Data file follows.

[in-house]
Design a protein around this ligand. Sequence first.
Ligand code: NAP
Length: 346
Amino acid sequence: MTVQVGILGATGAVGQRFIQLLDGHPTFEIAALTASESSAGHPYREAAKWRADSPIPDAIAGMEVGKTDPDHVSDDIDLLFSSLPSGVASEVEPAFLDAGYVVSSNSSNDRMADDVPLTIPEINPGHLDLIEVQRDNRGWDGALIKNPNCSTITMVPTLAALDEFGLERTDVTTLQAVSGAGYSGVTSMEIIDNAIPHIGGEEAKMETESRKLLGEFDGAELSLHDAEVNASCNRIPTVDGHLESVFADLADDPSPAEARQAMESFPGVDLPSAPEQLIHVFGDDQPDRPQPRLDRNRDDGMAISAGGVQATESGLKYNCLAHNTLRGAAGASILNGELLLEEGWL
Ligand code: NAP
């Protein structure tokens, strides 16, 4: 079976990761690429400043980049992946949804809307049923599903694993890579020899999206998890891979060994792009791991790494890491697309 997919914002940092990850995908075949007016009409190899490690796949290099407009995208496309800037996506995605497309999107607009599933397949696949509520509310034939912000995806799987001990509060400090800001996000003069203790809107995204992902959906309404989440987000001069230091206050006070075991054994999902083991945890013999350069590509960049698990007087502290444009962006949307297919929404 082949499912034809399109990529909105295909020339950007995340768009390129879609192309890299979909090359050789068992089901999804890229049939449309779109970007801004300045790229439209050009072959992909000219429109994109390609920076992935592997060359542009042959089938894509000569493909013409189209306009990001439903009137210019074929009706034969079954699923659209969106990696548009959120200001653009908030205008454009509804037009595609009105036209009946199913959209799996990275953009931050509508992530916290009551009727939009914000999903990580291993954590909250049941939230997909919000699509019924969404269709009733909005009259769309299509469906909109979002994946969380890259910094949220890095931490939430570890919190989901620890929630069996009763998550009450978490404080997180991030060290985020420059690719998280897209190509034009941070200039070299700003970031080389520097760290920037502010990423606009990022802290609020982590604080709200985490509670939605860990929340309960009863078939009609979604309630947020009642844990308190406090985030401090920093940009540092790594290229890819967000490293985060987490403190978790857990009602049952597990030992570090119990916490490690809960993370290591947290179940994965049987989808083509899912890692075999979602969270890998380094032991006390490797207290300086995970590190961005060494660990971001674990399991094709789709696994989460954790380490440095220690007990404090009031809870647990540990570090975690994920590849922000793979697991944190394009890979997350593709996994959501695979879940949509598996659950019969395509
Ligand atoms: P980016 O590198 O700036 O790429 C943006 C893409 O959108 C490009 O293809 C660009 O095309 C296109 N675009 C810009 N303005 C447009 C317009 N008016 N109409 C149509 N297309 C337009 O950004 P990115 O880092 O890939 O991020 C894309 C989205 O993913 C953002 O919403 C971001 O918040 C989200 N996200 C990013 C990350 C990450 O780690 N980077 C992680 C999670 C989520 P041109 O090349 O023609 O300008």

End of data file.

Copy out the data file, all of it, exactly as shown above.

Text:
[in-house]
Design a protein around this ligand. Sequence first.
Ligand code: NAP
Length: 346
Amino acid sequence: MTVQVGILGATGAVGQRFIQLLDGHPTFEIAALTASESSAGHPYREAAKWRADSPIPDAIAGMEVGKTDPDHVSDDIDLLFSSLPSGVASEVEPAFLDAGYVVSSNSSNDRMADDVPLTIPEINPGHLDLIEVQRDNRGWDGALIKNPNCSTITMVPTLAALDEFGLERTDVTTLQAVSGAGYSGVTSMEIIDNAIPHIGGEEAKMETESRKLLGEFDGAELSLHDAEVNASCNRIPTVDGHLESVFADLADDPSPAEARQAMESFPGVDLPSAPEQLIHVFGDDQPDRPQPRLDRNRDDGMAISAGGVQATESGLKYNCLAHNTLRGAAGASILNGELLLEEGWL
Ligand code: NAP
């Protein structure tokens, strides 16, 4: 079976990761690429400043980049992946949804809307049923599903694993890579020899999206998890891979060994792009791991790494890491697309 997919914002940092990850995908075949007016009409190899490690796949290099407009995208496309800037996506995605497309999107607009599933397949696949509520509310034939912000995806799987001990509060400090800001996000003069203790809107995204992902959906309404989440987000001069230091206050006070075991054994999902083991945890013999350069590509960049698990007087502290444009962006949307297919929404 082949499912034809399109990529909105295909020339950007995340768009390129879609192309890299979909090359050789068992089901999804890229049939449309779109970007801004300045790229439209050009072959992909000219429109994109390609920076992935592997060359542009042959089938894509000569493909013409189209306009990001439903009137210019074929009706034969079954699923659209969106990696548009959120200001653009908030205008454009509804037009595609009105036209009946199913959209799996990275953009931050509508992530916290009551009727939009914000999903990580291993954590909250049941939230997909919000699509019924969404269709009733909005009259769309299509469906909109979002994946969380890259910094949220890095931490939430570890919190989901620890929630069996009763998550009450978490404080997180991030060290985020420059690719998280897209190509034009941070200039070299700003970031080389520097760290920037502010990423606009990022802290609020982590604080709200985490509670939605860990929340309960009863078939009609979604309630947020009642844990308190406090985030401090920093940009540092790594290229890819967000490293985060987490403190978790857990009602049952597990030992570090119990916490490690809960993370290591947290179940994965049987989808083509899912890692075999979602969270890998380094032991006390490797207290300086995970590190961005060494660990971001674990399991094709789709696994989460954790380490440095220690007990404090009031809870647990540990570090975690994920590849922000793979697991944190394009890979997350593709996994959501695979879940949509598996659950019969395509
Ligand atoms: P980016 O590198 O700036 O790429 C943006 C893409 O959108 C490009 O293809 C660009 O095309 C296109 N675009 C810009 N303005 C447009 C317009 N008016 N109409 C149509 N297309 C337009 O950004 P990115 O880092 O890939 O991020 C894309 C989205 O993913 C953002 O919403 C971001 O918040 C989200 N996200 C990013 C990350 C990450 O780690 N980077 C992680 C999670 C989520 P041109 O090349 O023609 O300008």